I want to experience every last drop of this amazing time. Yeah, the dust will settle. Styles will retract based on what we are experiencing and what is being influenced (positively and otherwise). I’d love to be one little piece in the shaping of that future jigsaw. God bless this possible golden age of beer and well-being amidst a shit age of a few other things.”
Tyler W. Plourd: “I think many consumers have been burned by the toss-up of buying the newest hazy IPA for $18/four-pack and not getting a quality product. Overall, I don't think this makes a dent in the relentless, one-off business models that we now see in the marketplace, but it does show a small crack in the ice.
The looming ‘bubble’ that everyone continues to forecast will occur, it will pop, and like most things, the best quality beers/breweries will stick around. The newest, latest-and-greatest model works really well when done correctly, but the longevity and pace don't scream ‘dependable.’
What happens when your normal 120-case run that almost always sells out every weekend only sells 75 cases, and then 50? Maybe not in a week-to-week sample size, but a bit more drawn out? Personally, if my brewery was built on this model, I wouldn't sleep a comfortable wink. There's a sweet spot: ideally you'd have a >50% portfolio anchor to keep the lights on while you experiment. Meanwhile, WeldWerks pumped out over 100 new recipes this past year. I don't think it will doom craft beer, but I can tell you there are certainly some very very fatigued brewery owners out there.”
Bobby Fitzgerald: “I don’t think it dooms craft beer. Craft beer is still growing and it’s not going away. It possibly can doom some folks in each tier, who refuse to meet market demand. In the end people will buy from trusted suppliers and retailers who provide consistent quality at a value with good service. Plain and simple.
Even when Sierra Nevada Pale Ale dips, people support their hazy IPA. Small brewers use innovation and agility to their strategic advantage against big craft and multinational brands. We know what we are doing to capture attention with our customers despite its difficulty.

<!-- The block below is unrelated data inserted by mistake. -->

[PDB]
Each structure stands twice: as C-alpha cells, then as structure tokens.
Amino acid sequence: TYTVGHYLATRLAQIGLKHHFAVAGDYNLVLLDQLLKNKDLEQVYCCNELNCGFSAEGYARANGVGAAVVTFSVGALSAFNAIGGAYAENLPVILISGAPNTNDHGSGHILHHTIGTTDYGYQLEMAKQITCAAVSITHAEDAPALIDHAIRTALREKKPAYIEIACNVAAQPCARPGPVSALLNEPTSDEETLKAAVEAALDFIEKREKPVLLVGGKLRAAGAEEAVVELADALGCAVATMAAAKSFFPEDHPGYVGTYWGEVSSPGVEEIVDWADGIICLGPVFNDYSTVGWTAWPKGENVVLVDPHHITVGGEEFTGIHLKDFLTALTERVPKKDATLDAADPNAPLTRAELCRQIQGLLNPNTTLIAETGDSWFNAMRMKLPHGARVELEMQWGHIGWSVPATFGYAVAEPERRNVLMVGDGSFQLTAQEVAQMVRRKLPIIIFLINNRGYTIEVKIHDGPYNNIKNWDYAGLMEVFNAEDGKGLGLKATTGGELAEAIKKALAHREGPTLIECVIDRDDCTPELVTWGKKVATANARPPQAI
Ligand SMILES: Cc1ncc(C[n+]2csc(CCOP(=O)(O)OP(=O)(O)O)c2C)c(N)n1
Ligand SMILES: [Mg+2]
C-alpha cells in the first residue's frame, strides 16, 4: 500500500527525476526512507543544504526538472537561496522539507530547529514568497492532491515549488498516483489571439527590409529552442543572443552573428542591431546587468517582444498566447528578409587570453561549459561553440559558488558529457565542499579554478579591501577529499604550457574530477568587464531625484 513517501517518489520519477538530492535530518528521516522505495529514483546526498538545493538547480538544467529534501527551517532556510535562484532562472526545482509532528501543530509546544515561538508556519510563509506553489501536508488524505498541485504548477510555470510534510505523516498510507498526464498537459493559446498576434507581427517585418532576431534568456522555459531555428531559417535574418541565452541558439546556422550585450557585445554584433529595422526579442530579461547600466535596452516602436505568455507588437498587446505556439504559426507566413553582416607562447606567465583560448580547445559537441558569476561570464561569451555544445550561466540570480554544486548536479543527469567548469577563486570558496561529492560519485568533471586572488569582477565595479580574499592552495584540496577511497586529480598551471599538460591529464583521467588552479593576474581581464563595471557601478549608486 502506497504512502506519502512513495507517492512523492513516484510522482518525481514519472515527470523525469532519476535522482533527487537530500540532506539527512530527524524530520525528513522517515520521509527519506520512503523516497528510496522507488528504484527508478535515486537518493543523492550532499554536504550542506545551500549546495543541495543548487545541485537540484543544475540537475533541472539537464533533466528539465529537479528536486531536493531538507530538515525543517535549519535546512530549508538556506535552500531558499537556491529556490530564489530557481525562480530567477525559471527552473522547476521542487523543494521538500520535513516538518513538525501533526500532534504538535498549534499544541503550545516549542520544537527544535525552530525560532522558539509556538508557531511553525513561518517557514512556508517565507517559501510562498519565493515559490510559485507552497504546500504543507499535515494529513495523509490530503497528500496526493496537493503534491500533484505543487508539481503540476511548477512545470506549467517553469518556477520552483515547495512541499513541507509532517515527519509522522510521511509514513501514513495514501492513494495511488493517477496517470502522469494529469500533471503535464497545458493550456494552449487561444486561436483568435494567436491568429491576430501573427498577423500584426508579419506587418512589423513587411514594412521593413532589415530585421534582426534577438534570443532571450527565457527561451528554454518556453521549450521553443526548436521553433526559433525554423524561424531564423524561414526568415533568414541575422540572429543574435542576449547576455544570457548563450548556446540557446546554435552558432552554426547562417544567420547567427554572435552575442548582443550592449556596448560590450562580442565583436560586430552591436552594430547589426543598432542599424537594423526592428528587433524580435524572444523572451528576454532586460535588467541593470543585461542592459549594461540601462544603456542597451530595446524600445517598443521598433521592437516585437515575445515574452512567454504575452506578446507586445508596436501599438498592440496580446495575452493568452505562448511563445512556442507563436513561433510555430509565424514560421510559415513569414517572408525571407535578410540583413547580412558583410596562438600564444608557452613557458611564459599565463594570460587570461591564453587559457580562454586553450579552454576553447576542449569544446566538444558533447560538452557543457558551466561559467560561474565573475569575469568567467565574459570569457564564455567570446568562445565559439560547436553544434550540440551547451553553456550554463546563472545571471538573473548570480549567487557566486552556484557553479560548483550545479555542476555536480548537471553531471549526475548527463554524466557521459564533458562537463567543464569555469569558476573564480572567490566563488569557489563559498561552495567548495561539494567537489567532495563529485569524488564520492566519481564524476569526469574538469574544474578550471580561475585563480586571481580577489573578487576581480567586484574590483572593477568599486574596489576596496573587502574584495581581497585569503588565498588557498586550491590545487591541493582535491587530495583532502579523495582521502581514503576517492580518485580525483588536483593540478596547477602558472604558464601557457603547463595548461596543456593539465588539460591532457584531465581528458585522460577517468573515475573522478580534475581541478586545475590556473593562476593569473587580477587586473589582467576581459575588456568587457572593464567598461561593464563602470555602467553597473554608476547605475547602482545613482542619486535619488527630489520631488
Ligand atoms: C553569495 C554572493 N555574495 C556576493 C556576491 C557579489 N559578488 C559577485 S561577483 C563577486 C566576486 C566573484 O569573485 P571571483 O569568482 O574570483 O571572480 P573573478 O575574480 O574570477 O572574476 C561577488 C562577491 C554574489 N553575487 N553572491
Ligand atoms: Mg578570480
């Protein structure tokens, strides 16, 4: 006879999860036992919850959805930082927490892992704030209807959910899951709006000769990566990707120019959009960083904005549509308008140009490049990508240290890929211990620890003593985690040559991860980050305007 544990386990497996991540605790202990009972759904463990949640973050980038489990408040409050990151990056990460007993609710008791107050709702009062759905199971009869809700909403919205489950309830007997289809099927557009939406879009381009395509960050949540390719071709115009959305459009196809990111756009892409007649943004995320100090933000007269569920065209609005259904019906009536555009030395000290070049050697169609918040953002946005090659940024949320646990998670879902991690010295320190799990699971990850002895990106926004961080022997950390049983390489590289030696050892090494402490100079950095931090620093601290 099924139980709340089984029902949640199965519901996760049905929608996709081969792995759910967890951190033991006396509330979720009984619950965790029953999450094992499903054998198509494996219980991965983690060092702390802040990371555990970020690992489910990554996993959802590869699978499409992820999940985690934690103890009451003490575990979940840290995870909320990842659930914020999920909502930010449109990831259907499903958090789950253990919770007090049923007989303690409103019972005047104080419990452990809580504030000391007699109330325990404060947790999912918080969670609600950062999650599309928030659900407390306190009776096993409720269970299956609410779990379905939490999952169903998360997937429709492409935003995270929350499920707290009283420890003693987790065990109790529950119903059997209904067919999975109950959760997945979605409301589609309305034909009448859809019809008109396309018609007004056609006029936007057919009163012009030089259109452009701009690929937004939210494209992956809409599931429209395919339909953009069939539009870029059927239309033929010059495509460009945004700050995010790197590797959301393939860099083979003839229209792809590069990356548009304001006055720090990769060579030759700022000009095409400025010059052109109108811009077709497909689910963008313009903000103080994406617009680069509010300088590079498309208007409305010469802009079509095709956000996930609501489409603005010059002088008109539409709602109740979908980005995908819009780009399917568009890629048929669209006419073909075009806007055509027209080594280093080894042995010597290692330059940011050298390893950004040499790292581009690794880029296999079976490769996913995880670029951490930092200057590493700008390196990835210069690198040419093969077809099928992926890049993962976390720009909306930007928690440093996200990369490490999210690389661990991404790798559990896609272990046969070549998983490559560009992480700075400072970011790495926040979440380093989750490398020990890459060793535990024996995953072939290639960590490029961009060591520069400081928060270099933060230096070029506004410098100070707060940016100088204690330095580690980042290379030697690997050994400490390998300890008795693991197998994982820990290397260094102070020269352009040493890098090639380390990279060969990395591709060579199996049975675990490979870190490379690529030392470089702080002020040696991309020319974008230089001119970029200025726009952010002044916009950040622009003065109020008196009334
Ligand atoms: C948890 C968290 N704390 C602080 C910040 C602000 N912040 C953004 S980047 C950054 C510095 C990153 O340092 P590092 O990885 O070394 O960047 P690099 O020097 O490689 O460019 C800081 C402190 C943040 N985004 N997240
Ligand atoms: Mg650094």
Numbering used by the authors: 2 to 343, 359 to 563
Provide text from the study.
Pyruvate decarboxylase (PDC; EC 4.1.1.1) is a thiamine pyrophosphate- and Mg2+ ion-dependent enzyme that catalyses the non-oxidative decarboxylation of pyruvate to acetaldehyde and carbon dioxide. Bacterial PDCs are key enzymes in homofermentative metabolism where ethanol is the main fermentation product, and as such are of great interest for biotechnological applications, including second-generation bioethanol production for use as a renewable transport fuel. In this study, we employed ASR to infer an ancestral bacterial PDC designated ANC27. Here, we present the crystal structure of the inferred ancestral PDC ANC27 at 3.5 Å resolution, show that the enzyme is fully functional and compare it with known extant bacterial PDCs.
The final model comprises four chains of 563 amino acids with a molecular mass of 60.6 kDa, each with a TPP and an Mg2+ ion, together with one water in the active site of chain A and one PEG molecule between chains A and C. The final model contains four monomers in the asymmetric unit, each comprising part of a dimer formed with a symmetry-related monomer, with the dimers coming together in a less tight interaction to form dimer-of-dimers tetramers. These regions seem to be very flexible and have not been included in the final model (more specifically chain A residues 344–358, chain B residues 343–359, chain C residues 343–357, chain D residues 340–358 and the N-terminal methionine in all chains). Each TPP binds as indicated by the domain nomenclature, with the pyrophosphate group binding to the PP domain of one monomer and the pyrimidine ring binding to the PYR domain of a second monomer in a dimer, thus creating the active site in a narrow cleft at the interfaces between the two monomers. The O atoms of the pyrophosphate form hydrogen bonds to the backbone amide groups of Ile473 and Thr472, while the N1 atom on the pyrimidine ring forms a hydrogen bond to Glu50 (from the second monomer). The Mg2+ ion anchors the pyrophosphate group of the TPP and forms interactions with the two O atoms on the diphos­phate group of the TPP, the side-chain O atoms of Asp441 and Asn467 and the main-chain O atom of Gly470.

It is hard as a brewer to execute new styles every week. And if you are making an average hazy IPA because your Amber is not selling anymore, then you have bigger problems. Hopefully consumers will see the inherent problems they create for breweries and will be sympathetic or learn to make it more of a conversation between supplier and customer, just like your local butcher or barista, vs. an Untappd check-in based off a 3-oz. taste. Customers should reward brands that take big risks for them, and provide constructive feedback on both old and new brands.
Just know that the market and the experience of beer are evolving, and the leaving-behind of past habits is not the same as a doomsday scenario.”
Rob Cartwright: “Doomed it? I’d say it’s what’s made (and will continue to make) it the vibrant industry that it is today. Innovation so rarely comes from the big players. That’s not a knock on the large brewers—their organizational structures simply aren’t built for it. If consumers are looking for something new, smaller breweries are where to find it.
Does some questionable beer get made along the way? Of course. Am I thankful that my job doesn’t involve developing new recipes and coordinating release schedules? You betcha. But, as an industry, the combination of agility and close proximity to the consumer creates a competitive advantage the big guys simply can’t replicate.”